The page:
Hundreds of women have turned to bodybuilding to get fit or help with their mental health - with dozens across the North West turning the gym into a way of life.
It comes as movement #strongNOTskinny gains more ground on social media, with women lifting weights to help with health, fitness and the menopause.
Lydia Halliwell and Grace Cowan say working out has changed their lives so much, they now coach other women so they can feel the same.
Lydia says the gym gave her an outlet while she was coming out - helping her deal with her emotions, and as her body changed, giving her more confidence.
She says: "When you start to go to the gym and you start to see your body progress it is really addictive.
"It's that desire to just go, 'Ok I want to be better, I want to be more, I want to see what I can actually push myself to'."
Grace says, although she was always the one who did not want to be in the spotlight, after struggling with food and dieting, weightlifting gave her the confidence she needed.
Grace has lost a lot of weight but more importantly, she is happier in her own skin and says she has a better relationship with food.
"I can just remember always wanting to blend into the background," Grace says.
"When I started lifting weights it's just the most incredible feeling being able to push something and feel that strength and that power is coming from me."
Grace has even just competed in a strongman competition which consisted of a nine-hour triathlon where she ran, swam, and cycled - something that she thought she would never have been capable of doing before.
The bodybuilding industry:
The UK fitness industry is one of the biggest in Europe - bringing in £2 billion annually.
In the North West, the number of gyms opening has been steadily climbing.
Over the past 10 years, the bodybuilding and fitness industry has seen a sharp rise in women competing.
Experts say the sport has become more accessible because of the introduction of different categories and the boom of social media.
As more women get into fitness, the attraction of female bodybuilding and entering competitions becomes the next step.
This year across the UK there will be more than 200 female bodybuilding shows, from more than 20 different federations.
Competitors spend months 'bulking up' and growing muscle by eating healthily and making sure they ingest a lot of protein.
Then they spend time 'shredding', to lose fat and to improve muscle definition before taking to the stage.
But competitors will only stay at their 'show weight' for a short period of time, before going back to their normal weight when training resumes.
Amy Scholes-Higham, from Bolton, has had a meteoric rise from a secondary school classroom to the bodybuilding stage in just two years.
Most recently she has been crowned the new Miss Universe - competing with her partner Ryan Mackins who also won, making them the first-ever couple to win Mr and Miss Universe.
The biology teacher started her bodybuilding journey in 2020, and now competes in the bikini category at shows.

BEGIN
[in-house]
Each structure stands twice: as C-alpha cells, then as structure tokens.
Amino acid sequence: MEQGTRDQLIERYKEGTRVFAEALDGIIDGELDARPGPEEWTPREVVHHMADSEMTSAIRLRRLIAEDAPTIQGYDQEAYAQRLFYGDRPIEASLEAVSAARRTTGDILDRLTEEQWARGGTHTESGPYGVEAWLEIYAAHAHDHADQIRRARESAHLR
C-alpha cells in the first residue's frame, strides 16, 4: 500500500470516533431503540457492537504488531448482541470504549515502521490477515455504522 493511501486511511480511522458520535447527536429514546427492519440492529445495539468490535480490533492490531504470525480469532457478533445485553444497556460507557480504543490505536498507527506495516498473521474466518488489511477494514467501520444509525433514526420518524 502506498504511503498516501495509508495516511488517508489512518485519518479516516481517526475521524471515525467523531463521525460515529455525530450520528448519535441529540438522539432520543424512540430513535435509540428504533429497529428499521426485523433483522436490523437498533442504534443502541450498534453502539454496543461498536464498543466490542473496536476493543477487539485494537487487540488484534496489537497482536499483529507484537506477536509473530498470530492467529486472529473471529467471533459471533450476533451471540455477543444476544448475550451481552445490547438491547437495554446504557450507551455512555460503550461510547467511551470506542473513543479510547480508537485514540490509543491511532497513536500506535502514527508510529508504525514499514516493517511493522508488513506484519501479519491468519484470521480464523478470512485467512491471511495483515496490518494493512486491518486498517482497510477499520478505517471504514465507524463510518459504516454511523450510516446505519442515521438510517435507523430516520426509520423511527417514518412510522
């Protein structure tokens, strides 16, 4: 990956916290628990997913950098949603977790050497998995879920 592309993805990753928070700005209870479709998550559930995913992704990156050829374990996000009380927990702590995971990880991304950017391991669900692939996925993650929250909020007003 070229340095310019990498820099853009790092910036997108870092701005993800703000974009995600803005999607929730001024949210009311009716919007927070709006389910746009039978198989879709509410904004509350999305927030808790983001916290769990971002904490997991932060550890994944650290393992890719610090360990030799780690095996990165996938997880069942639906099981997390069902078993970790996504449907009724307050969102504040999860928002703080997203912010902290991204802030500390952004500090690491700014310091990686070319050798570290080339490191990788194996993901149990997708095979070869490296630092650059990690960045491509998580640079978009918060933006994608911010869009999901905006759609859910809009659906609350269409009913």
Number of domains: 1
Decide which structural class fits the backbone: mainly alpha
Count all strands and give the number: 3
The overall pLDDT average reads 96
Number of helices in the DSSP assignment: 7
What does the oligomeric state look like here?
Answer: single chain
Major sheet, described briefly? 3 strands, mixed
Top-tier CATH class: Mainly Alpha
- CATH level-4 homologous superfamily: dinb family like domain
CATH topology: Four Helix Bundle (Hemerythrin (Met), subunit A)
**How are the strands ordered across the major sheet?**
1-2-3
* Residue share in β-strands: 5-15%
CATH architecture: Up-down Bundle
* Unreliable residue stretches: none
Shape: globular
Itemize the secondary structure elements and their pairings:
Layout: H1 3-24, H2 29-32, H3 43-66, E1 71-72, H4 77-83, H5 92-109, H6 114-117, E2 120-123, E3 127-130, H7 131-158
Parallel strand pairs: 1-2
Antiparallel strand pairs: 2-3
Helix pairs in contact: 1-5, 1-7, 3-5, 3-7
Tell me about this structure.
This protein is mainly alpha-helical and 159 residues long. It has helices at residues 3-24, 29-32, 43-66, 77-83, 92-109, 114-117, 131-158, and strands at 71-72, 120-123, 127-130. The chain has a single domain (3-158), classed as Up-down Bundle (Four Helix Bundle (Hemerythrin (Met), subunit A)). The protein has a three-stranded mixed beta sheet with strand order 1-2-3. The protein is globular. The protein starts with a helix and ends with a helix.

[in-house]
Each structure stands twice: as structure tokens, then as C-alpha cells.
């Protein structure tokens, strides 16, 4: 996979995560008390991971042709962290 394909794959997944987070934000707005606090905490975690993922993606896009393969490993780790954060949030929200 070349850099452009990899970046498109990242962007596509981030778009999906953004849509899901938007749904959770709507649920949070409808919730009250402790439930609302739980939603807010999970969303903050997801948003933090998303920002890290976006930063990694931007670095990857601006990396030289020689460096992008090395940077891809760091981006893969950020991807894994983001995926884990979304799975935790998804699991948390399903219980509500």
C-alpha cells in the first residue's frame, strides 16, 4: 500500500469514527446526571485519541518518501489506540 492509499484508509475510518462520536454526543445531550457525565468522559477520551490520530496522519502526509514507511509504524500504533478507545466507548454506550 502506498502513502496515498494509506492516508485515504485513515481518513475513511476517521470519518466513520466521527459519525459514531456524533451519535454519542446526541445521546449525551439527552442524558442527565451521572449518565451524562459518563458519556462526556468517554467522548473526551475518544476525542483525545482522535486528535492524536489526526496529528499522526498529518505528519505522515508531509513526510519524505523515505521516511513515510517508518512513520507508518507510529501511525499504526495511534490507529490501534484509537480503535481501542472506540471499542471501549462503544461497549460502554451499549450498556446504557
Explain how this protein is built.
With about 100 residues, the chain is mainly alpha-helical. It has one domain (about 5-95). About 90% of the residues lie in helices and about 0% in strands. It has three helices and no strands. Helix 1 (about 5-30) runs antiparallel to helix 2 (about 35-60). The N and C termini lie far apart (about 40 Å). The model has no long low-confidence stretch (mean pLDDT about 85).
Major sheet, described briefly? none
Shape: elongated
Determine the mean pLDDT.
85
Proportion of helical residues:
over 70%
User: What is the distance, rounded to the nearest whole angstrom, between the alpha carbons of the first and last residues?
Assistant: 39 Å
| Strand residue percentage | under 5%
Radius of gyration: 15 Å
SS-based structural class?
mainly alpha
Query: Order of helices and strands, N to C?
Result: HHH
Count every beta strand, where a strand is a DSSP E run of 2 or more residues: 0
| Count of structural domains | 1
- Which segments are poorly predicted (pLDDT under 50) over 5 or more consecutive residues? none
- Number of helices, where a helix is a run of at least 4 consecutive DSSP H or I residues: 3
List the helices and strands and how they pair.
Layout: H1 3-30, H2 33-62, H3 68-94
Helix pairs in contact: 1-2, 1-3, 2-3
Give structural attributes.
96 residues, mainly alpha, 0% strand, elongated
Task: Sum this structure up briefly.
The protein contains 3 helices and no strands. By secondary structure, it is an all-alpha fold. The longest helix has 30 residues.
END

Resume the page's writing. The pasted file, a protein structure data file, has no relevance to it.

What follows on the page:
Amy undertook the shredding process in 20 weeks to represent team GB in her first international competition.
But she stresses the process bodybuilders go through is not 'yoyo dieting' which is not healthy, and she is not starving herself.
She says: "You absolutely do not need to starve yourself to do this, in fact, that would be really counterproductive because you would actually lose quite a bit of muscle.
"To build muscle you need to eat."
Dan Welburn is Amy's coach and helps her, and other women during competitions, especially looking after nutrition.
He says the industry has grown immensely since he started coaching women, with more categories making the sport more accessible, and women are able to get the desired look without extra help from drugs.
Professor James McVeigh who is a Professor of Substance Use at Manchester Metropolitan University agrees with him.
He explains there are fewer women taking substances and when they do, they are more likely to be fat-burners.
He stresses there is a risk attached to taking any substance, especially ones that are not tested, but he says people are still going to take substances so there needs to be a new approach.
"I would say avoid all risks," he says. "But people are getting a lot of satisfaction and gratification and this striving to success is something we are not going to be able to ignore.
"The key thing is to get those messages over that anything that they get from the illicit market, they don't know what the contents are.
"They don't know the actual strength, and they don't know if it's been adulterated with another active ingredient.
"So people need to be cautious but we do have to recognise that people will do this and they will take substances."
As the world of female bodybuilding expands, it has also allowed different businesses to flourish, from gym wear to nutrition and even bikinis.
Mandi Nugent is the owner of Black Ice Bikini in Irlam, her Bikinis are worn by some of the world's best female bodybuilders and can sell for more than £400 each.
Women buy Mandi's bikinis from all over the world and come from all over the UK to be fitted by her.
She first started making bikinis after buying a second-hand costume to wear in a show, but quickly realised the quality was terrible.
Instead she remade the bikini and, after dozens of compliments, told other competitors it was her profession.
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